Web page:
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Expectations Rise But No Recovery

By Colin Twiggs
April 29, 2009 4:00 a.m. ET (6:00 p.m. AET)

These extracts from my trading diary are for educational purposes and should not be interpreted as investment or trading advice. Full terms and conditions can be found at Terms of Use.



Confidence

Consumer confidence turned up from its 2009 low, but it is too early to call this a trend change.

Consumer Credit and Bank Loans and Leases

This has so far not translated into an increase in activity levels......

Activity Levels

Durable Goods Orders

The up-turn in durable goods orders is no more than normal seasonal variation, with no sign of a recovery.

Durable Goods Orders

Housing Starts & New Building Permits

The decline in new residential building permits and new housing starts shows no sign of abating.

New Building Permits

The Credit Contraction

Bank Credit

The contraction of bank and consumer credit continues.

Consumer Credit and Bank Loans and Leases

Commercial Paper

Total commercial paper issued has contracted by almost $800 billion from its peak in 2007. The contraction exceeds $1 trillion if we exclude Fed purchases of $240 billion (H.4.1).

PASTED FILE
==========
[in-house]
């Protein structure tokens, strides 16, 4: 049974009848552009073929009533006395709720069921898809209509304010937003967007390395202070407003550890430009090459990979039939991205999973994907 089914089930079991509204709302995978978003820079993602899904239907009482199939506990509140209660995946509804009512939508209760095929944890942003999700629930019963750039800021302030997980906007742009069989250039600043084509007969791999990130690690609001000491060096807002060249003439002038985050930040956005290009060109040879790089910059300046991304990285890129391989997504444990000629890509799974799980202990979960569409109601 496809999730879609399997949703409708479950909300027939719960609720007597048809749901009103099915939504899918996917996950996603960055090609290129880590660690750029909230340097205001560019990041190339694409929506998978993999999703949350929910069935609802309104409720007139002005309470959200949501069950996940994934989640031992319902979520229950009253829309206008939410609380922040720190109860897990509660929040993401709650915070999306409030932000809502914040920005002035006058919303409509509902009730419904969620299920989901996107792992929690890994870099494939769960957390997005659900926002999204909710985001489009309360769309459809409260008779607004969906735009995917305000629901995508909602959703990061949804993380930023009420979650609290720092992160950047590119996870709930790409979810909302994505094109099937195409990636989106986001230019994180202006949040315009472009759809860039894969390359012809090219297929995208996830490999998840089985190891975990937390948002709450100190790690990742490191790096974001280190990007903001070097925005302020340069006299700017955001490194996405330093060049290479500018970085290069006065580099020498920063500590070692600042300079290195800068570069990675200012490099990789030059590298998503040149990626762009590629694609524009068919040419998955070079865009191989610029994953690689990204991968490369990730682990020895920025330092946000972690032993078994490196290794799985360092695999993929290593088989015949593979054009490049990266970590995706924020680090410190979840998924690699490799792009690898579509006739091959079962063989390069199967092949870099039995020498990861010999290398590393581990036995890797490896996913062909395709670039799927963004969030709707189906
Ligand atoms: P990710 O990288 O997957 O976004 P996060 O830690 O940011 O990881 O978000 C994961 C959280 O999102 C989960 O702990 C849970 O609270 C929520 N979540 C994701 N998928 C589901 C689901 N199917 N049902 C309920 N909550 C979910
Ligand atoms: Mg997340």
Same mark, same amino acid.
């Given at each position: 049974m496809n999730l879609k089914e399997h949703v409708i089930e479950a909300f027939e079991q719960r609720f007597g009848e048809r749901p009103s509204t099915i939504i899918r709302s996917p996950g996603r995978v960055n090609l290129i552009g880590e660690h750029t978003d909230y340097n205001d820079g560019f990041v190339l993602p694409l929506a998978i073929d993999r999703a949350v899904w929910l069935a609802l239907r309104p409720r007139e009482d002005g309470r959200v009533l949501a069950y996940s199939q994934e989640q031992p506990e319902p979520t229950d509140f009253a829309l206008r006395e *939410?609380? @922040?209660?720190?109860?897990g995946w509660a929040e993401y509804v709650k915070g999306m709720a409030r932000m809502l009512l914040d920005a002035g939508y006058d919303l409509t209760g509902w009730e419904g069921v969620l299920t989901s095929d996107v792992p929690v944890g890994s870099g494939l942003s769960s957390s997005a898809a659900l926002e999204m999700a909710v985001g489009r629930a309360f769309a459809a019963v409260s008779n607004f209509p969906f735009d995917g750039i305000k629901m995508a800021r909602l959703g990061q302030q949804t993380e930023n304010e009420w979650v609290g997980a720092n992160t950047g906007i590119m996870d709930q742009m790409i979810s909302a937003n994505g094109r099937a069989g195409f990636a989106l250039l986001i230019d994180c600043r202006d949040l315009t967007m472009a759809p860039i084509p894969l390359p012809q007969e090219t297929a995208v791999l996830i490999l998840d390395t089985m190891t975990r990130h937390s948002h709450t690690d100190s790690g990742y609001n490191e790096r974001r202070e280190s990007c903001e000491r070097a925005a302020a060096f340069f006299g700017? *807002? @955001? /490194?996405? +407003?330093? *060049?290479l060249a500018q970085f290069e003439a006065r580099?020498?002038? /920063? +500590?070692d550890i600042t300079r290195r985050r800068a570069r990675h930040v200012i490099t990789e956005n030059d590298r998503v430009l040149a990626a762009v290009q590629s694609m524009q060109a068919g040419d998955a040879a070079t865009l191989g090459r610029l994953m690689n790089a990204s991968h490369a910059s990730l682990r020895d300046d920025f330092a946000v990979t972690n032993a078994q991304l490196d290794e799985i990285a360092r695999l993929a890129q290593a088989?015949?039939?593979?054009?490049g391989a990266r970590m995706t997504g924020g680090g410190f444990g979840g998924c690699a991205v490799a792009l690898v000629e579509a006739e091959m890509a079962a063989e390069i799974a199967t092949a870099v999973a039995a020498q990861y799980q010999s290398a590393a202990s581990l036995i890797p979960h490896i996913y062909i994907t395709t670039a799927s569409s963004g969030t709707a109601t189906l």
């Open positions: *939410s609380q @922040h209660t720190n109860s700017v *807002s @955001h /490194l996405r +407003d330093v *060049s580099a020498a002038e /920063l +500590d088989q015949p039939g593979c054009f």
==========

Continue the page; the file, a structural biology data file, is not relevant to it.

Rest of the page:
Commercial Paper

Housing

House Prices

House prices are now roughly 30 percent below their 2006 peak, according to the Case-Shiller index — and continue falling.

Case Shiller Housing Index

The Fed are suppressing home mortgage rates in an attempt to stabilize house prices — evident from the 30-year fixed home mortgage rate crossing below long-term treasury yields. House prices have so far failed to respond.

30-Year Fixed Home Mortgage Rate

The price-to-rent ratio still has a long way to fall to match the 1997 low. The lower the ratio, the greater the appeal of home ownership compared to rental.

Price-Rent Ratio

Inflation

The Fed is rapidly expanding the monetary base in an attempt to stimulate credit expansion and increase inflationary pressures. Their efforts have so far had little effect. Banks are finding it difficult to lend and most of the new money created finds its way back to the Fed — deposited as excess reserves.

A widening of the gap between the monetary base and excess reserves would indicate that demand for credit is increasing — a bullish sign for the economy. And that inflationary pressures are rising — a bullish sign for commodities (especially gold) and the stock market.

Monetary Base Compared To Excess Bank Reserves


It is common to speak as though, when a Government pays its way by inflation, the people of the country avoid taxation. We have seen that this is not so. What is raised by printing notes is just as much taken from the public as is a beer-duty or an income-tax. What a government spends the public pay for. There is no such thing as an uncovered deficit.

~ John Maynard Keynes (1923)

Note to readers:
I will be taking a break next week. Newsletters will resume on Monday, May 11th. Regards, Colin



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